Stories of the River: Peg Mansberry

Peg Mansberry can trace her roots in this area back for over 12 generations. She began
her life on grandparents farm, now the Jordan Farm, in Normalville and has spent all 68 years of
her life close, never straying more than 5 miles away. Peg’s parents raised her in Melcroft but
she spent all her summers on the farm tending to the garden and helping with the produce
business. Peg was even baptized in Poplar Run, in the water that flowed from the top of her
grandparent’s farm down throughout the community she would later have to fight to protect. The
farm that was kept in her family’s hands for generations, protected from the resource extraction
so much of the area faced, is now subject to possible stripmining. This stripmine would not only
impact the land Peg grew up on, but also her current home and the entire community.

Most of the creeks ran orange with mine runoff during Peg’s childhood. Other than the
water that flowed from the spring on her grandparents farm, feeding Poplar Run, which Peg’s
family admittedly protected and preserved. “It was so common as a kid, I didn’t realize anything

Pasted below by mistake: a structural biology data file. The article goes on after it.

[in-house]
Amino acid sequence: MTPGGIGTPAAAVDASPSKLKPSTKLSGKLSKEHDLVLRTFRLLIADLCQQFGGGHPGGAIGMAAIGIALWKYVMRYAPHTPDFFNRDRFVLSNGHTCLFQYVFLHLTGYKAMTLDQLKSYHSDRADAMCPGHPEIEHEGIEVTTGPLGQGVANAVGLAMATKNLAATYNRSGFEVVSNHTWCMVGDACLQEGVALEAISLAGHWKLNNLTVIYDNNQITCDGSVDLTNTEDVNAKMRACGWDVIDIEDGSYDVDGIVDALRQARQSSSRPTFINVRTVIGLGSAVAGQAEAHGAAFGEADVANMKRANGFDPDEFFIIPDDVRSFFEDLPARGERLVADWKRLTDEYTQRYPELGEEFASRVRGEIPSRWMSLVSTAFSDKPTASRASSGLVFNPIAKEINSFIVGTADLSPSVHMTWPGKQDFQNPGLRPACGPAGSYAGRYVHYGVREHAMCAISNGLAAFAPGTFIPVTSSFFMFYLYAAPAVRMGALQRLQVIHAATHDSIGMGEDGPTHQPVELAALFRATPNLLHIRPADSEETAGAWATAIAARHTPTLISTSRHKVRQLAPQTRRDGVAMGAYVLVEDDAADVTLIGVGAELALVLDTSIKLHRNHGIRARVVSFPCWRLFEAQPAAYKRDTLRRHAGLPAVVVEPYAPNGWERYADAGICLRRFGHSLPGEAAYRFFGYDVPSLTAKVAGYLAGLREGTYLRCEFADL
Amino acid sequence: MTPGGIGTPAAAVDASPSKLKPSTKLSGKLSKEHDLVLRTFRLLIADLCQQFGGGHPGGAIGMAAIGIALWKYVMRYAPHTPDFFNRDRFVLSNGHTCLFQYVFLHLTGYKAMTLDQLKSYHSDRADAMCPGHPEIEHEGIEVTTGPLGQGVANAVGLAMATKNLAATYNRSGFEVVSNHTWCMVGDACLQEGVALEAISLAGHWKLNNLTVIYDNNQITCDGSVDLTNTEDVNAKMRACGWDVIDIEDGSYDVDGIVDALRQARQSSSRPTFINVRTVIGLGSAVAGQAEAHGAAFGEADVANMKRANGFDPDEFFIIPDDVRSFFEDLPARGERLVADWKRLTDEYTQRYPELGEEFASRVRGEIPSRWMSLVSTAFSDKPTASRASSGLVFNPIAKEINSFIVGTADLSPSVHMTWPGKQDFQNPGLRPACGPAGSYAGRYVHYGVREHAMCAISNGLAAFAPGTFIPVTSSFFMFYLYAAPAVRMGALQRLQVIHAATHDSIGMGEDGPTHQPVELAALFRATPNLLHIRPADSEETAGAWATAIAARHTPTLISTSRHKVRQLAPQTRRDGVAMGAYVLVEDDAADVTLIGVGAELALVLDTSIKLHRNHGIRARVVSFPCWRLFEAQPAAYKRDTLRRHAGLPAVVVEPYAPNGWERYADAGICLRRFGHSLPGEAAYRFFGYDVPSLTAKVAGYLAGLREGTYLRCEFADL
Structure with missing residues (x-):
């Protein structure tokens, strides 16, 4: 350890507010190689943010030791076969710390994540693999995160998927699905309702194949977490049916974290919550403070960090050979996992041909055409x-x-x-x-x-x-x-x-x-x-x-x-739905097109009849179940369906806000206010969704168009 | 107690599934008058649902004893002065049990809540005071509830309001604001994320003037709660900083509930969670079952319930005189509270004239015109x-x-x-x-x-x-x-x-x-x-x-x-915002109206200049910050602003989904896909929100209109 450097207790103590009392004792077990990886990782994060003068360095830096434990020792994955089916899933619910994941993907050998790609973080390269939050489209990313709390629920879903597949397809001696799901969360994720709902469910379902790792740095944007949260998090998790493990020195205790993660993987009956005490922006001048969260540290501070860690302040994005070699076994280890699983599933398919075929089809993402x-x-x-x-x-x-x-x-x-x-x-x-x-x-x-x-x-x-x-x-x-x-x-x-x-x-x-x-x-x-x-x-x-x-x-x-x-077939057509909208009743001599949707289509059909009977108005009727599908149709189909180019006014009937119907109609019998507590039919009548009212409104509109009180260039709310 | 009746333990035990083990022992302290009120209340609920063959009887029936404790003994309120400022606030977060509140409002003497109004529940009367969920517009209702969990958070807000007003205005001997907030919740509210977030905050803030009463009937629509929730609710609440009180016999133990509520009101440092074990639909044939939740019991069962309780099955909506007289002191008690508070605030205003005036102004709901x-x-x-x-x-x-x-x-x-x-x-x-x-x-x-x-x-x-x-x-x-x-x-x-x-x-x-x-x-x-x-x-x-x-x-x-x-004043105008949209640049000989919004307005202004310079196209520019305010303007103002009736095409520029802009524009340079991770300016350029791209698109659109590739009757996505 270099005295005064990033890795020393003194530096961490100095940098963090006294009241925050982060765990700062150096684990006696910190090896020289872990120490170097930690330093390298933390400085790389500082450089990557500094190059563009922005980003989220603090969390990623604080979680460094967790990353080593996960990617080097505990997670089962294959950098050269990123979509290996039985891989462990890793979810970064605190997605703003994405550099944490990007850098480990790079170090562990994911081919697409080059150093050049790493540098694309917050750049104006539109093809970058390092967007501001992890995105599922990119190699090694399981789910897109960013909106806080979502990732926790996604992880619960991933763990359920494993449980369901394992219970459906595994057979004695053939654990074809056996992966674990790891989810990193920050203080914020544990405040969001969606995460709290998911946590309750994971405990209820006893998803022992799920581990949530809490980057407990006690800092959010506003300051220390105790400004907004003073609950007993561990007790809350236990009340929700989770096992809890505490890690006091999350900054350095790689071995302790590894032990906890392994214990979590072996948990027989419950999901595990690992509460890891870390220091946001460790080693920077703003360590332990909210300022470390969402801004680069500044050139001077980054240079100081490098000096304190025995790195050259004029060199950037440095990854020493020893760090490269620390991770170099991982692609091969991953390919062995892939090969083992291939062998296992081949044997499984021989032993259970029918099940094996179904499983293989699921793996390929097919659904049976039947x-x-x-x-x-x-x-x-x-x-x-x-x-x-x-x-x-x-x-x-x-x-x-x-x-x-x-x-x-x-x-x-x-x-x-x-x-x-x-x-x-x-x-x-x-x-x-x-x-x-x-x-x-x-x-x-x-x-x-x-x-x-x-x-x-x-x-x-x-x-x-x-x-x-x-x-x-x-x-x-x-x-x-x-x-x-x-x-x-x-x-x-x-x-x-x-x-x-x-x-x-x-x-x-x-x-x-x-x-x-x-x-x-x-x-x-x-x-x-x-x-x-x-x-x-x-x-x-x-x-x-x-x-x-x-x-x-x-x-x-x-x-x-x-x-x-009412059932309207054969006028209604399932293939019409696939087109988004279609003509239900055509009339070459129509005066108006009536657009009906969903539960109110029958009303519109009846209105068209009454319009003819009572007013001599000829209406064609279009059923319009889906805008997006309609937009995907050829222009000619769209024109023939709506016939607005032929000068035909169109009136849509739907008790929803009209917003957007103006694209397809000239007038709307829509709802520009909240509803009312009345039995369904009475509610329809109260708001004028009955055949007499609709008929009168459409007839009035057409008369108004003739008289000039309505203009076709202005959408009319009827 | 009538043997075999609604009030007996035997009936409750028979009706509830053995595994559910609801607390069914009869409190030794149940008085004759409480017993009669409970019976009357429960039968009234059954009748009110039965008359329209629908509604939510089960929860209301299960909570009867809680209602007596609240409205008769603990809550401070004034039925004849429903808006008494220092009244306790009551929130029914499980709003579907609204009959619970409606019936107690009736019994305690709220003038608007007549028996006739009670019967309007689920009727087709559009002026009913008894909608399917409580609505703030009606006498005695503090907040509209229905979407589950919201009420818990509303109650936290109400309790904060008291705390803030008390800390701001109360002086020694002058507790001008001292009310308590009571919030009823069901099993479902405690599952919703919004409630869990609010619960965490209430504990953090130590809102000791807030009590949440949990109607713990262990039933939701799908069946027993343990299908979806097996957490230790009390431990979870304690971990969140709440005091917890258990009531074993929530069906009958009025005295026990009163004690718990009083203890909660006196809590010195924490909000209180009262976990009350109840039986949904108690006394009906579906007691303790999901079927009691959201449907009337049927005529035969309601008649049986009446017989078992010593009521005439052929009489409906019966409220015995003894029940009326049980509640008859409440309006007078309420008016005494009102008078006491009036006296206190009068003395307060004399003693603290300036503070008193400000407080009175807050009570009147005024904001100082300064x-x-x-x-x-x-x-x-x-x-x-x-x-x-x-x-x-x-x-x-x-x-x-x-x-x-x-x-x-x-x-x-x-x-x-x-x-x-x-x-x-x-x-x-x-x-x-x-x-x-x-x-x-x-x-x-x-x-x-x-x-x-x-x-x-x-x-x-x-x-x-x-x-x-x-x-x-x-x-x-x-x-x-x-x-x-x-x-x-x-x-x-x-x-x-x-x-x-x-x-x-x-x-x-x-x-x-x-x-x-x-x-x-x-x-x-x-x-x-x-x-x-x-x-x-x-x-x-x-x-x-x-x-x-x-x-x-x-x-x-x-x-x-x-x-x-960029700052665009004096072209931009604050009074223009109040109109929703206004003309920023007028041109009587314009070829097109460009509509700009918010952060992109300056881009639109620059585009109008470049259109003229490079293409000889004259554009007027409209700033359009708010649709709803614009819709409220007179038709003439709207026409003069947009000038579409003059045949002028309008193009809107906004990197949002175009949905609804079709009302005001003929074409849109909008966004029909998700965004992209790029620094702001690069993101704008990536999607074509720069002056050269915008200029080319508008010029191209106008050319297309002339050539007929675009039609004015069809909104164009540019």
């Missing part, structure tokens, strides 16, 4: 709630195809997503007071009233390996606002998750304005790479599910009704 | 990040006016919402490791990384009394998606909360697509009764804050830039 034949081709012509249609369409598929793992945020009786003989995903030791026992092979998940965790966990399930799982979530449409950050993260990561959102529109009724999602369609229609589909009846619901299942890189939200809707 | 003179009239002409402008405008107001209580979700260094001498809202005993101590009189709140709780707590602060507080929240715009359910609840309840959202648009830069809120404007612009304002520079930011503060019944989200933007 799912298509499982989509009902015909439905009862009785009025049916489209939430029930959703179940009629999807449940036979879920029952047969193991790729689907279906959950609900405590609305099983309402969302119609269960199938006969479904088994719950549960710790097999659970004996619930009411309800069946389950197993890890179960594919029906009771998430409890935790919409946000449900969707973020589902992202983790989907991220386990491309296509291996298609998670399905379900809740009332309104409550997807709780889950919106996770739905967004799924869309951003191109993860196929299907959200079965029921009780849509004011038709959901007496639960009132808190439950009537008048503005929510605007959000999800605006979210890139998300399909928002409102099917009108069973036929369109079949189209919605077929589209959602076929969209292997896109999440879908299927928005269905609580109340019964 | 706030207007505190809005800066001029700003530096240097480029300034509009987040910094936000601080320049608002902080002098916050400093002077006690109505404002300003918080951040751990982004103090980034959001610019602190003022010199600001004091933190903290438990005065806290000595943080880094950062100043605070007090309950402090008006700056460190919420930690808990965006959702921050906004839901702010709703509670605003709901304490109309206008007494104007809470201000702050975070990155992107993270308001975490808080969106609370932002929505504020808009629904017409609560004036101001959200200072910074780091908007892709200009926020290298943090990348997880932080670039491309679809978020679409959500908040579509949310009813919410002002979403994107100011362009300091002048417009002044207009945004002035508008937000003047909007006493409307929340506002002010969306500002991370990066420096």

was wrong,” Peg says, “if you walked in it, the orange would stick to your clothes.” Growing up
in Melcroft, Peg says she could look off in every direction and see houses covered with black
soot from all the coal mines. “We now know the damage that being down in the mines did to
people’s health, but what about the people above ground too? We were kids playing outside
during recess in clouds of smoke,” Peg recalls. During the winter months she said the sky would
turn green and black.

The area has changed drastically over the course of Peg’s life. She says, “Without MWA
we would still be looking at it, all that orange in our creeks. Now the trout have come back. It is
nothing like it was in the 60’s, I thought it was finally getting better.” Now Peg fears for the
possibility of Jordan Farm being mined as it would mean negative impacts on the land, water,
air property value, and overall health of those living near Poplar Run. A strip mine in that
location could pollute Poplar Run with sediment and acid mine runoff, which has improved so
greatly it is being considered to be named a designated trout stream.

In 1976, Peg purchased a few acres of the farm and has lived there on the land she
loves ever since. Peg’s connection to this land and desire to protect it inspired her to work with
MWA’s community organizer Stacey Magda to raise awareness of this issue. Peg and Stacey
have rallied the community together conducting monthly meetings to educate and prepare
themselves for what a stripmine in the area would mean for them and what they can try to do to
protect themselves. Right now, there is a sign in almost every yard along Poplar Run that reads
“NO NEW STRIP MINE!” and behind every sign a community member fighting to protect their
home. “I appreciate MWA because without them, I wouldn’t have known how to do this alone,”
Peg says, “MWA is helping me and my community fight.”